Rhode Islanders want school choice and support vouchers for all students, according to a new poll.
“There is a broad-based support for giving families the option of sending their kids to the school of their choice,” said Michael Chartier, Rhode Island state director for the Friedman Foundation for Educational Choice, which co-published the poll. “This crosses all parties, spectrums, [and] geographic diversity of the state. There’s a wide acceptance of school choice, and people see the need to make a choice for where to send their kids to school.”
About 21,000 Rhode Island students attend private schools, while 145,000 attend traditional public or public charter schools.
Given the opportunity, 54 percent of Rhode Islanders would send their children to a private school, the study found.
Most Support Vouchers for All
Rhode Islanders also thought more highly of their local private schools than their public schools.
Forty-four percent gave an A or B grade to their local public schools, whereas 79 percent gave an A or B to their local private schools. Fifteen percent rated their local public schools D or F, and 5 percent rated local private schools D or F. These numbers don’t include participants who chose not to grade their local schools.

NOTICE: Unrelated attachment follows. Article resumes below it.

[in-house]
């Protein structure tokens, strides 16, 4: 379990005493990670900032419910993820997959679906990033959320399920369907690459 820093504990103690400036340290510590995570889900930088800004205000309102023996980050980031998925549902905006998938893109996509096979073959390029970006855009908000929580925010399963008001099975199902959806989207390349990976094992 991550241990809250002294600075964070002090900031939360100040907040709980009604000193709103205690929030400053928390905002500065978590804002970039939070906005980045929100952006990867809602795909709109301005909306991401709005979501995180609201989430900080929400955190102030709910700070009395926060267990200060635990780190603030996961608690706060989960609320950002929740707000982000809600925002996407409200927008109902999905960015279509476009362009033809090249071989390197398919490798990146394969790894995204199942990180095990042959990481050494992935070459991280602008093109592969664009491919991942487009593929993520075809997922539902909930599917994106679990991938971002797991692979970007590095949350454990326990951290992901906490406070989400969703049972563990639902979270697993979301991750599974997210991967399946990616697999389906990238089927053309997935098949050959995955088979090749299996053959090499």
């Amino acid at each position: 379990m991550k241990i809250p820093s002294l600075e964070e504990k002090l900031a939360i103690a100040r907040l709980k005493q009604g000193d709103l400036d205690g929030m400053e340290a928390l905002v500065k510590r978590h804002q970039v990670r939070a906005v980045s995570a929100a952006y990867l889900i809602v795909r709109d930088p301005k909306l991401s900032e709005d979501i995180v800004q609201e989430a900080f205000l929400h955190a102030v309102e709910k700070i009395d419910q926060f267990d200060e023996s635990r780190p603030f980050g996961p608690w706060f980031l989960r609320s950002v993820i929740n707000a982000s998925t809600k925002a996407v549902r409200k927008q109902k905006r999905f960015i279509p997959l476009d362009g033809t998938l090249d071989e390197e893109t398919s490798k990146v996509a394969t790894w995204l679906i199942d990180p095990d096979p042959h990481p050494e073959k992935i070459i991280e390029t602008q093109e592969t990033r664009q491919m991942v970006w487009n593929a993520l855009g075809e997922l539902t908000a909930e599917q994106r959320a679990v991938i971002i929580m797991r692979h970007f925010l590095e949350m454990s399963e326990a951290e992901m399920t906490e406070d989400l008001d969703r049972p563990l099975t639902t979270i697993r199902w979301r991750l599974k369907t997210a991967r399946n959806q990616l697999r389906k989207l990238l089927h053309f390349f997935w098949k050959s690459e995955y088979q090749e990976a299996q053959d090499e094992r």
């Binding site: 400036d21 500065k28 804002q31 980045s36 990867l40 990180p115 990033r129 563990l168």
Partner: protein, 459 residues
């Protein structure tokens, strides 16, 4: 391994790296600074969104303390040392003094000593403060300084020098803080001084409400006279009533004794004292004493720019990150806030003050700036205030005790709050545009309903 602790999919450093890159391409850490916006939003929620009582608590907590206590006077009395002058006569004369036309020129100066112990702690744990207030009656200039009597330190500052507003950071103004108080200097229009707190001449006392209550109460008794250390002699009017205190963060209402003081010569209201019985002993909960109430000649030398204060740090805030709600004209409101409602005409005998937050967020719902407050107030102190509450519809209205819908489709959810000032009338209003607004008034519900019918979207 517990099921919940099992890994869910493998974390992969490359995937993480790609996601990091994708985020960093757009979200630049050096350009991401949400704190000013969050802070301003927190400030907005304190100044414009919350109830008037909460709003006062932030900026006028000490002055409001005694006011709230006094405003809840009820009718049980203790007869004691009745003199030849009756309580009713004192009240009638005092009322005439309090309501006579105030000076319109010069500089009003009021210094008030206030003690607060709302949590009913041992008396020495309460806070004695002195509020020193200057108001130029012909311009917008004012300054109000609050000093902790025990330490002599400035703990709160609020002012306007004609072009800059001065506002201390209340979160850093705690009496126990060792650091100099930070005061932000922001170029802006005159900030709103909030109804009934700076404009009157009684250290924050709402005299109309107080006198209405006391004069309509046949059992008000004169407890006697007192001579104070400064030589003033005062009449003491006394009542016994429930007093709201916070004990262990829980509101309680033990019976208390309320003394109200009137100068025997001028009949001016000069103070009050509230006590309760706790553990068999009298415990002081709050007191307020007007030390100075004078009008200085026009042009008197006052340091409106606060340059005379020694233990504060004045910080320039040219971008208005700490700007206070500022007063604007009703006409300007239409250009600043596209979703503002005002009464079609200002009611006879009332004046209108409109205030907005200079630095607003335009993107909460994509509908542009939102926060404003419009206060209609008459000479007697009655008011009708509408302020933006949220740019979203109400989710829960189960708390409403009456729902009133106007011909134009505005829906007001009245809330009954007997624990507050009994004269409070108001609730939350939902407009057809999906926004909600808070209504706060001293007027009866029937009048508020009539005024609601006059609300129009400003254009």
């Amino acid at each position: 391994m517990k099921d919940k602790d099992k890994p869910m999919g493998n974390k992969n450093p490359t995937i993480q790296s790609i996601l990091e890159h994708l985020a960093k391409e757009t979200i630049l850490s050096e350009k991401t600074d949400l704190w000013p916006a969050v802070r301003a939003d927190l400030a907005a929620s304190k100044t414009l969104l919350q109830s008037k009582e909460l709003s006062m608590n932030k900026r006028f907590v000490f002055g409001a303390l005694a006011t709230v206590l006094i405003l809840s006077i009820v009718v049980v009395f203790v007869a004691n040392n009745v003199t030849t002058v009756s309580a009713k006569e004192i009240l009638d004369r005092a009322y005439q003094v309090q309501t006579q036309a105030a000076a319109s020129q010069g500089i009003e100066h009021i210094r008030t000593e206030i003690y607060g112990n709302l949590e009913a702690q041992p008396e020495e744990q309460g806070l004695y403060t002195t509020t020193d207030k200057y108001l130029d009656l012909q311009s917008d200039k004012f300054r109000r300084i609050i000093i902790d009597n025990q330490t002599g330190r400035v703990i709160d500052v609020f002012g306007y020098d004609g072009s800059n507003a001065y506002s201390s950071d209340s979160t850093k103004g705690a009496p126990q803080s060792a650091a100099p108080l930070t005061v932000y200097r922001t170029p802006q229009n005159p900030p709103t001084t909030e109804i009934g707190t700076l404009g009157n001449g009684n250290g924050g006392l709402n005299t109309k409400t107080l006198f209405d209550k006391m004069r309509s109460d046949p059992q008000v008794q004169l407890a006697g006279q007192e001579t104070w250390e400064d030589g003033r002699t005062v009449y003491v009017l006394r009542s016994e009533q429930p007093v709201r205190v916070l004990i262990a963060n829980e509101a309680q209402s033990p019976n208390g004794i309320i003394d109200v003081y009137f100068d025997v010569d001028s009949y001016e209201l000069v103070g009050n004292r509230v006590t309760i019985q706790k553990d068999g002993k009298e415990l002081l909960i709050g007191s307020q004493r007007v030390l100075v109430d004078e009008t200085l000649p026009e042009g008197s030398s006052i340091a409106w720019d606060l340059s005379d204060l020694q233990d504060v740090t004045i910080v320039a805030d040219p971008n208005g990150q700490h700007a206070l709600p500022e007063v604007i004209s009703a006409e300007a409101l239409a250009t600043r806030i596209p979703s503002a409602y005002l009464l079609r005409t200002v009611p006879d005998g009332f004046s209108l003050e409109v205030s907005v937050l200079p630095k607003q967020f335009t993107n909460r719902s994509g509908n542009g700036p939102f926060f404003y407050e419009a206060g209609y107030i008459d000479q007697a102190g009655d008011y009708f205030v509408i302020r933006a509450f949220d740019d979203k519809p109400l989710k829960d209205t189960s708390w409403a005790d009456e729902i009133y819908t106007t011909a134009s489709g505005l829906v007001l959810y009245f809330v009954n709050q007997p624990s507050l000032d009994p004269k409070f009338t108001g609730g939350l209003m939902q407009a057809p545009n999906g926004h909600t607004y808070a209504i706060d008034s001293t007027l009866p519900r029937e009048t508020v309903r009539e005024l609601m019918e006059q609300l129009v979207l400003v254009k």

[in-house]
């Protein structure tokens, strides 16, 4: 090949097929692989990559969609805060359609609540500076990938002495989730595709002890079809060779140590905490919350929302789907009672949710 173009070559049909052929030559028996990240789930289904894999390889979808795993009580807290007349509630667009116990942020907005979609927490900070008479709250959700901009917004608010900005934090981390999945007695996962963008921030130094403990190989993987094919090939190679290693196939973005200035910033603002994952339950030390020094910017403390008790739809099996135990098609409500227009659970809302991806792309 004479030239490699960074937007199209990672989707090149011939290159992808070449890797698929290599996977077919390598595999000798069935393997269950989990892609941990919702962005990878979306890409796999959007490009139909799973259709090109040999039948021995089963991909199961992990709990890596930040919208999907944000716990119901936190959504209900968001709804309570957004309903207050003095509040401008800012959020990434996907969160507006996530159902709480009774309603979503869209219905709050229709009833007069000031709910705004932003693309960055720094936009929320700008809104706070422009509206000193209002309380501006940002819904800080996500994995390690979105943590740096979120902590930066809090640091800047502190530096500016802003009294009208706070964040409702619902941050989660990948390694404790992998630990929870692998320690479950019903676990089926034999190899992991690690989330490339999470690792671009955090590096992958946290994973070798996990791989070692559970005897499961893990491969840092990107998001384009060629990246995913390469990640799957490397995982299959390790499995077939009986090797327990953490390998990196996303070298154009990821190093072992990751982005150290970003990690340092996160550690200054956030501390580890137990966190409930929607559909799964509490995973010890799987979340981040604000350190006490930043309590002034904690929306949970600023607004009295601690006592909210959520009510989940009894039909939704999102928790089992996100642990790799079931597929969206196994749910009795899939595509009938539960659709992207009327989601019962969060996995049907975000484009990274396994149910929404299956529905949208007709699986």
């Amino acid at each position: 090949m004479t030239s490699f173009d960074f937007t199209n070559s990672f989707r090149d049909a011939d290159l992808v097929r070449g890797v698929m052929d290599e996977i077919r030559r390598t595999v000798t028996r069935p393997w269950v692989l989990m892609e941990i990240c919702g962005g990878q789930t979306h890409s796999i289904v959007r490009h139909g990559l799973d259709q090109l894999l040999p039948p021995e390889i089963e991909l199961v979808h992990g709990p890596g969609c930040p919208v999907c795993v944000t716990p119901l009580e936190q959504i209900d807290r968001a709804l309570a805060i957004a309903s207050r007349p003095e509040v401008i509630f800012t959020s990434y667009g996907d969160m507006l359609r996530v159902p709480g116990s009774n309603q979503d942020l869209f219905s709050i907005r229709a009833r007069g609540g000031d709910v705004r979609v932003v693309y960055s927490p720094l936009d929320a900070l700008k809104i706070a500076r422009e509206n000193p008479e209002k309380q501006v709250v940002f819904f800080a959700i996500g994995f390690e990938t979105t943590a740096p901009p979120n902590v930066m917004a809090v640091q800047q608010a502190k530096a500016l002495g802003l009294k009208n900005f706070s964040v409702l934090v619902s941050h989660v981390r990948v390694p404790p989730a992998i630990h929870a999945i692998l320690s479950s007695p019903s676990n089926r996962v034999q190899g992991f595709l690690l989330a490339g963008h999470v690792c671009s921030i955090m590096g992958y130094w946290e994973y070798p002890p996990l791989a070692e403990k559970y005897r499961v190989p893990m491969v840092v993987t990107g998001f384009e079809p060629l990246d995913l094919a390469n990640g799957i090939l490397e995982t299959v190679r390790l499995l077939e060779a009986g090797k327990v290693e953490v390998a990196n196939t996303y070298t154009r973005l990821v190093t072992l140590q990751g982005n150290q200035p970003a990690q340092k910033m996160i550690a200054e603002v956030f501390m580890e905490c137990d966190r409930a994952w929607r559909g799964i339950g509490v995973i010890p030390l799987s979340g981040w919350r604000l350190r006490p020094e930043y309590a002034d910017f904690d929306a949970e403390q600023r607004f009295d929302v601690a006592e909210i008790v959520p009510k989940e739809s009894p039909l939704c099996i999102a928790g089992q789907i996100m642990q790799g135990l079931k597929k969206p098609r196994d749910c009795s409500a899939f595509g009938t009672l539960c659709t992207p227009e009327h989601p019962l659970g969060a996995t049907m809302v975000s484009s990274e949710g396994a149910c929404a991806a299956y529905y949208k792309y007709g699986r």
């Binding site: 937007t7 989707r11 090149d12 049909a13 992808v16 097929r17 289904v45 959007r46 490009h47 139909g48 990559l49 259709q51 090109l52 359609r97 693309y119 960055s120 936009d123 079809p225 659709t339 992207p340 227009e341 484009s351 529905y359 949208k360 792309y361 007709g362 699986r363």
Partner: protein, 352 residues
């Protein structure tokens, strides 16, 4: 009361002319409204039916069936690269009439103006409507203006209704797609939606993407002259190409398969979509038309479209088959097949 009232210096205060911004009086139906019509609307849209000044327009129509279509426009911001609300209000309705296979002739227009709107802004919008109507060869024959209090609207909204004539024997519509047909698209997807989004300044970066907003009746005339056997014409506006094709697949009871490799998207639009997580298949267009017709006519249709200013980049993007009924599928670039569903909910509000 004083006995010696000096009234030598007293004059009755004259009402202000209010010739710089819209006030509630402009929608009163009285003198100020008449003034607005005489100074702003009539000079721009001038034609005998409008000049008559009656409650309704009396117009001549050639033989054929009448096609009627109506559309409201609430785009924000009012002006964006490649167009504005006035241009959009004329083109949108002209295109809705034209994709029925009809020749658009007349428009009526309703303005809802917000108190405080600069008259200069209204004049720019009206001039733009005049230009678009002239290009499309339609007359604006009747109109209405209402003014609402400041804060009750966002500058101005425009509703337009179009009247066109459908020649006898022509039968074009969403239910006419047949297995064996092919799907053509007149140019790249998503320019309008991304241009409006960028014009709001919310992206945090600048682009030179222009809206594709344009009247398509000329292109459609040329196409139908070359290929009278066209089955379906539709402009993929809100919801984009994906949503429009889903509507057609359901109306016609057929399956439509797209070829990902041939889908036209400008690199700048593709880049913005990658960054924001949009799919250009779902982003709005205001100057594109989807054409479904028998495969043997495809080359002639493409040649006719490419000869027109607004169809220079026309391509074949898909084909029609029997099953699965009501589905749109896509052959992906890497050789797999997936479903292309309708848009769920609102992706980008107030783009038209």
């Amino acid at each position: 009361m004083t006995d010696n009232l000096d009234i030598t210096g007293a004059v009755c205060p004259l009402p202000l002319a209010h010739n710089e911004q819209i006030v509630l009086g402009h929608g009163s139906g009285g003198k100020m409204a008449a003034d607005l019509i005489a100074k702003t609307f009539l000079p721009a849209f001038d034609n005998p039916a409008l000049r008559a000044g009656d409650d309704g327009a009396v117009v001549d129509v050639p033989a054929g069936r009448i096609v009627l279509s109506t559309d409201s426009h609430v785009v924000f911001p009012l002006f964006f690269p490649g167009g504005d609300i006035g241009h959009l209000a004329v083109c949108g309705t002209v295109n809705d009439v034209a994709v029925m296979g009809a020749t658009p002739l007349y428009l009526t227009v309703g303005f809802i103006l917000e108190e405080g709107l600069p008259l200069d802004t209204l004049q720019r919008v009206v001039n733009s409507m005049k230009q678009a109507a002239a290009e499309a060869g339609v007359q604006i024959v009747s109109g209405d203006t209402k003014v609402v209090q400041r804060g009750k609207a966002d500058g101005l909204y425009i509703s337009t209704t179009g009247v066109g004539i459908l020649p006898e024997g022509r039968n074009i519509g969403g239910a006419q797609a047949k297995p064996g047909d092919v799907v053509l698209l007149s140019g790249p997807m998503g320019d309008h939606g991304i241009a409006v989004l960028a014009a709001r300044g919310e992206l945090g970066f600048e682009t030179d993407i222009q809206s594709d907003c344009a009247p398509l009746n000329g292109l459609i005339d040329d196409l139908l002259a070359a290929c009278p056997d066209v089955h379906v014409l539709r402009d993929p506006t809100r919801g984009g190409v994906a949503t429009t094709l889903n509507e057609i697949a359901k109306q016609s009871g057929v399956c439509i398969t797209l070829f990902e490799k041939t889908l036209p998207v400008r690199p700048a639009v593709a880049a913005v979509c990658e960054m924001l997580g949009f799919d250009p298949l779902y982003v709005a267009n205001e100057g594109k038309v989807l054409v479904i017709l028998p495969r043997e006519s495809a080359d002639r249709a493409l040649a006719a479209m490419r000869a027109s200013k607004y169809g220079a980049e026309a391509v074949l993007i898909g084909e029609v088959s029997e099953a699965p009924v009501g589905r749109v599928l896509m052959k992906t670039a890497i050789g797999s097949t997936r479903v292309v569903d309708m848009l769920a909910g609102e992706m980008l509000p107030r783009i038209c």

Of survey respondents, 62 percent said vouchers should be available, and 63 percent said vouchers shouldn’t be limited to families based on financial need.
“There’s this huge demand for the opportunity to send their children to private school, but they can’t access that,” Chartier said.
Researchers gathered the data in 602 phone calls this summer, and the margin of error is reported as 4 percentage points.
Rhode Island has limited school choice options—a small tax-credit scholarship program and some charter schools, and it’s becoming increasingly difficult to have new charter schools approved, said Mike Stenhouse, CEO of the Rhode Island Center for Freedom and Prosperity, which co-published the study.
In early 2013 state Rep. Elaine Coderre (D-Pawtucket), sponsored a bill that would have made almost 70 percent of Rhode Island students eligible for vouchers to attend private schools.
The bill didn’t pass, but school choice proponents say the state may be open to similar measures in the upcoming legislative session, beginning in January.
“We’ve already broken the dam,” Stenhouse said. “It’s not like the whole idea of choice is an anathema to Rhode Island. We have two small, limited programs, and that’s another reason we feel … a voucher bill might have a chance in the coming years.
“They’re all our school system, and taxpayers pay taxes to educate those kids,” he added. “It shouldn’t matter whether the taxpayer dollar goes to government schools, private schools, homeschooling. It shouldn’t matter, as long as we’re getting quality education.… If one segment provides better options than another segment, it’s important for those options to be provided.”